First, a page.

• “Authentic Ireland is just feeling at home, so far away from home.”

      Nobody can say it better than that. That is the perfect and absolute truth.

    • I agree Diane, “feeling at home, so far away from home” is the perfect description.

      That is why we are going back..

  8. Ireland sounds like the place to visit. I like that you mention the people as what makes Ireland what it is. I think this is true for any destination. The people make all the difference.

  9. I stumbled upon this blog as i am a post grad heritage student at Deakin University in Melbourne, Australia. I am researching an assignment on the concept of ‘Authenticity’ as it relates to heritage tourism. I have also been to Ireland 5 times. It seems to me that really authenticity is a fluid concept, its about how an experience makes you feel. Authentic Ireland for me was listening to the Tinker women calling out as they plied passers by with cheap fags in the streets of Dublin, or the kids with grubby knees and runny noses near the Fatima estate, it was sitting in a pub in Doolin for my first magical experience of a traditional Irish session, it was sitting at O’Brians castle on Inis Oirr on a perfect sunny day, it was climbing the Bunglass cliffs and sitting at the top, the wind nearly ripping my head off, it was hitchhiking in the trucks of several old farmers on Beara and west Cork who would cheerfully throw their wellies in the back seat so i could sit down and then regale me with entertaining stories, it was falling in love with an Irishman in Galway one summer and it was the sublime peace of sitting in Gallarus Oratory and appreciating the prayerful and perfect state those people had been in to build such a perfect dry stone structure and honour God. It was feeling so at home that i cried everytime i had to leave.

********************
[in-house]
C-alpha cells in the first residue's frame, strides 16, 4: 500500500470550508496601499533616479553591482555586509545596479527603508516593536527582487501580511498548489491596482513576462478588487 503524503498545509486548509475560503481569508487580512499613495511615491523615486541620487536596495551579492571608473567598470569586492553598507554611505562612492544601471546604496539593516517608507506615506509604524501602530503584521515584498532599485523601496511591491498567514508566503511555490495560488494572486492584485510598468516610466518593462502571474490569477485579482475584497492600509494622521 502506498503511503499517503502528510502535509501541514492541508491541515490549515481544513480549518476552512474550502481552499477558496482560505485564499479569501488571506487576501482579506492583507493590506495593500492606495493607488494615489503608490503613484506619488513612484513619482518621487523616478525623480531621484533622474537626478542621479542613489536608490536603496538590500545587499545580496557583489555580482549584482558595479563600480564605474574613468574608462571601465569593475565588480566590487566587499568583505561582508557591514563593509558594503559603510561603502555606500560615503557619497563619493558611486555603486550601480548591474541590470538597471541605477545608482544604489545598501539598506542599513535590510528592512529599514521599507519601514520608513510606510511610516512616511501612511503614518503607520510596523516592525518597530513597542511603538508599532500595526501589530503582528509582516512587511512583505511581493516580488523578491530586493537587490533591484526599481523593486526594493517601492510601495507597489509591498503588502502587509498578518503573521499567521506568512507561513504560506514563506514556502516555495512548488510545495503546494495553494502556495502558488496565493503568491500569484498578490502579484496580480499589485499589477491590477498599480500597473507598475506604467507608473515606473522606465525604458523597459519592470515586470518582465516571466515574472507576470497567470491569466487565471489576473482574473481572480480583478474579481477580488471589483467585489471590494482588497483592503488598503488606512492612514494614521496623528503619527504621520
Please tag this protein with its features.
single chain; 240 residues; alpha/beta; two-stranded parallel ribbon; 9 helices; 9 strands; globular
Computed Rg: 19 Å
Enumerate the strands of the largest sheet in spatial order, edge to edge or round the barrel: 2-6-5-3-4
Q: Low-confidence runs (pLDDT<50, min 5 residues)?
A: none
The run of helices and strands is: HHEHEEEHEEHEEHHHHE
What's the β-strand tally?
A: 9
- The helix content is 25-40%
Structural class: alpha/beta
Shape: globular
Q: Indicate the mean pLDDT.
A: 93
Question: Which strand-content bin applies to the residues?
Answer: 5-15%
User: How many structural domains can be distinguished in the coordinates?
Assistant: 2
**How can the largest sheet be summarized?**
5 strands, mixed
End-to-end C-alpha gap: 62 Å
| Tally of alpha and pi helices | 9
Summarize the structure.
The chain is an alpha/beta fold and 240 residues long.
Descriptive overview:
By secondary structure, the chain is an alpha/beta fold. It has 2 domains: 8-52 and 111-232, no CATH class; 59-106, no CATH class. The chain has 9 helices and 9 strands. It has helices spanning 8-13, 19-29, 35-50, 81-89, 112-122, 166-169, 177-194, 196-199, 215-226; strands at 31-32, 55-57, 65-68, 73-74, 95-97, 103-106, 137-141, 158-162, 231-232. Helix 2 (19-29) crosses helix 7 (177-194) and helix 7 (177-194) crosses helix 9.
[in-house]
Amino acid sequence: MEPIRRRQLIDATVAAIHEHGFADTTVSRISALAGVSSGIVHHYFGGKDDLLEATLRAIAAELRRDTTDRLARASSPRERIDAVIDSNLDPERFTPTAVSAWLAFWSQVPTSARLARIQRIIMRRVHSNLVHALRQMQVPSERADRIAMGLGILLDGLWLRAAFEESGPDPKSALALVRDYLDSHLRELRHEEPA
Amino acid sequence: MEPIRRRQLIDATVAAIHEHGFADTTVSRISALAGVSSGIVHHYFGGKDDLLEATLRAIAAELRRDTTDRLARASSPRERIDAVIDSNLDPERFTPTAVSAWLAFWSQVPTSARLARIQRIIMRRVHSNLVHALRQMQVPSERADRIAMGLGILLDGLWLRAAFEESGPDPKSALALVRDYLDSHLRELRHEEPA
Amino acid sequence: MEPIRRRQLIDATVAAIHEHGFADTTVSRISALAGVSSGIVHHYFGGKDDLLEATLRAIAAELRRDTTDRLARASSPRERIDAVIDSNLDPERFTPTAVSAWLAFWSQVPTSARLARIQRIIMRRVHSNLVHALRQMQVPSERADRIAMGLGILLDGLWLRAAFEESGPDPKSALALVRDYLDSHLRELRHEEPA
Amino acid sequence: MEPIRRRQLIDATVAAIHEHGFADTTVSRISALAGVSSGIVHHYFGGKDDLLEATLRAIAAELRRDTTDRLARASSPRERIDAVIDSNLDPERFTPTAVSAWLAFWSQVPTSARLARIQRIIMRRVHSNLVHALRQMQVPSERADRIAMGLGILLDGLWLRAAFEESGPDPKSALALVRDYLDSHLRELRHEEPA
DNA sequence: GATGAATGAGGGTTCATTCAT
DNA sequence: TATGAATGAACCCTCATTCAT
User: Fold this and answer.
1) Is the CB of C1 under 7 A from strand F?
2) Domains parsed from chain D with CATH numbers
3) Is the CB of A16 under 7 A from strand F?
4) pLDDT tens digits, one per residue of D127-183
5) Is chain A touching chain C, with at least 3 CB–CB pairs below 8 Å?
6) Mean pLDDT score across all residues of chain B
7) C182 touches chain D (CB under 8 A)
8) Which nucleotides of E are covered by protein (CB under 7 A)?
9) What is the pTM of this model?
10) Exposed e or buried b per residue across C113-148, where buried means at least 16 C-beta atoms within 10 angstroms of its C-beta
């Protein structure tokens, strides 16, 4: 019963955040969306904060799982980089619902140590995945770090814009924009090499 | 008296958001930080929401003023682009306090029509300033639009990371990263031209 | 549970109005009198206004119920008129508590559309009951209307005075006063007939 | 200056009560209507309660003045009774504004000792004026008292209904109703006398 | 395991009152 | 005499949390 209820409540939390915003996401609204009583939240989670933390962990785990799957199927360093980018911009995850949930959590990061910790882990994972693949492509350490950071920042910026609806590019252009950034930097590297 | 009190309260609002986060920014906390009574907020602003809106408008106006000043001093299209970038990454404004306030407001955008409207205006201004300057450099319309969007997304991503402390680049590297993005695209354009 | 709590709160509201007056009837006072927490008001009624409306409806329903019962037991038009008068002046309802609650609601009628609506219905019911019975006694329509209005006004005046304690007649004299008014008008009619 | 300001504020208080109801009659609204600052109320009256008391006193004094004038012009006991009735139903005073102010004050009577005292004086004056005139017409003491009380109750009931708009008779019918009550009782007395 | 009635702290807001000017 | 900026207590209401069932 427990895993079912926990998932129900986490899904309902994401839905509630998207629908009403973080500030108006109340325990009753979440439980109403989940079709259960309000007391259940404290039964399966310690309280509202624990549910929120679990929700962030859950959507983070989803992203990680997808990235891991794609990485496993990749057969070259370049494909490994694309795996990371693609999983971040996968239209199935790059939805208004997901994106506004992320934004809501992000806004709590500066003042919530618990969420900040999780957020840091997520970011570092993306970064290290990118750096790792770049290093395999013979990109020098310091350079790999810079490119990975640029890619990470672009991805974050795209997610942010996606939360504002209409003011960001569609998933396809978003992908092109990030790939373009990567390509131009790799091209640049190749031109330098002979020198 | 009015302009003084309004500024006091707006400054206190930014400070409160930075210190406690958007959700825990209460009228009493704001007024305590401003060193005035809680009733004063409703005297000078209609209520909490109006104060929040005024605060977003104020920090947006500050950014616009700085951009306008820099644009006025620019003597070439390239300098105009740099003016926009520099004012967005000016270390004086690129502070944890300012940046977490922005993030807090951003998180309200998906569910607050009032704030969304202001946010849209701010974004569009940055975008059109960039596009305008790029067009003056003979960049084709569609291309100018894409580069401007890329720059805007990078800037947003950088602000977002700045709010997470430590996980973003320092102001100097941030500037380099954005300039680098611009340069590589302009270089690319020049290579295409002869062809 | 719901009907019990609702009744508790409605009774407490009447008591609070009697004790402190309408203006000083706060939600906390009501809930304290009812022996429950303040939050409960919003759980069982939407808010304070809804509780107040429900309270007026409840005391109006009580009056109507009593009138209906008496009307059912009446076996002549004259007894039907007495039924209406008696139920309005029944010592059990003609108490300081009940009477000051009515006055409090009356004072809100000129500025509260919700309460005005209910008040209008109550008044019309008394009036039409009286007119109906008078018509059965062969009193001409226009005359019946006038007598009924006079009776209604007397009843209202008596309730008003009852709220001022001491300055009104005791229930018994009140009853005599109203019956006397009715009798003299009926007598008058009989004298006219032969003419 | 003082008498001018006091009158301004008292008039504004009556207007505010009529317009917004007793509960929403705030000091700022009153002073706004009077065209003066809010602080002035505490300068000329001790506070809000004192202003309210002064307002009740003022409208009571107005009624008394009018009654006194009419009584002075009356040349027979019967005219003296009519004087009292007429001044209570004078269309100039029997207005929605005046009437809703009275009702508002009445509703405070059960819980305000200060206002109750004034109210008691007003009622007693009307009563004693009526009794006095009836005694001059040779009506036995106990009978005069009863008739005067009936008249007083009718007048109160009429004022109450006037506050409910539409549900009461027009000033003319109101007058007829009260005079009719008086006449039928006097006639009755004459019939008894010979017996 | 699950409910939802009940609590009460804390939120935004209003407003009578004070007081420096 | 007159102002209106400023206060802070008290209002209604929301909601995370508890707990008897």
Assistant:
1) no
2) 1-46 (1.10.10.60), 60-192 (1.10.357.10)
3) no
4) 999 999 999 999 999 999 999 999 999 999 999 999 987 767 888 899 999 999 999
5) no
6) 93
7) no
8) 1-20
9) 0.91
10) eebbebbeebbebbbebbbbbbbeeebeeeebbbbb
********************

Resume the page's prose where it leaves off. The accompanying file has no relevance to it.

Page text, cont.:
10. You get to experience the authenticity of Ireland when you allow it to come to you. If you are a pain in the behind or pushy, You’ll see great scenery but miss out on some of the most interesting chats. The out of the way spots are among my favorites. A pint in the harbor bar in Bray at noon with my cousin, his 3 year old, and an ex- pat returning to his home town after 30 years. That conversation was priceless.
    The rules change a little depending if your in a touristy spot or not, but practice proper pub etiquette, be polite, and enjoy one of the nicest places to be in the world.
    Cheers, Brian

  11. disappointing B&B experience this easter trip to Ireland, our voucher which was always acceptable for our room needed an upgrade of £10.00– so BEWARE the vocuhers DO NOT cover your room rate this year very disappointing… its £6.00 if you use a 3 star but our regular B&B is a 4star and the lady of the house has always looked after us so well its the voucher companies that have reduced the payments to the B&Bs so the B&Bs have to get the balance from the user.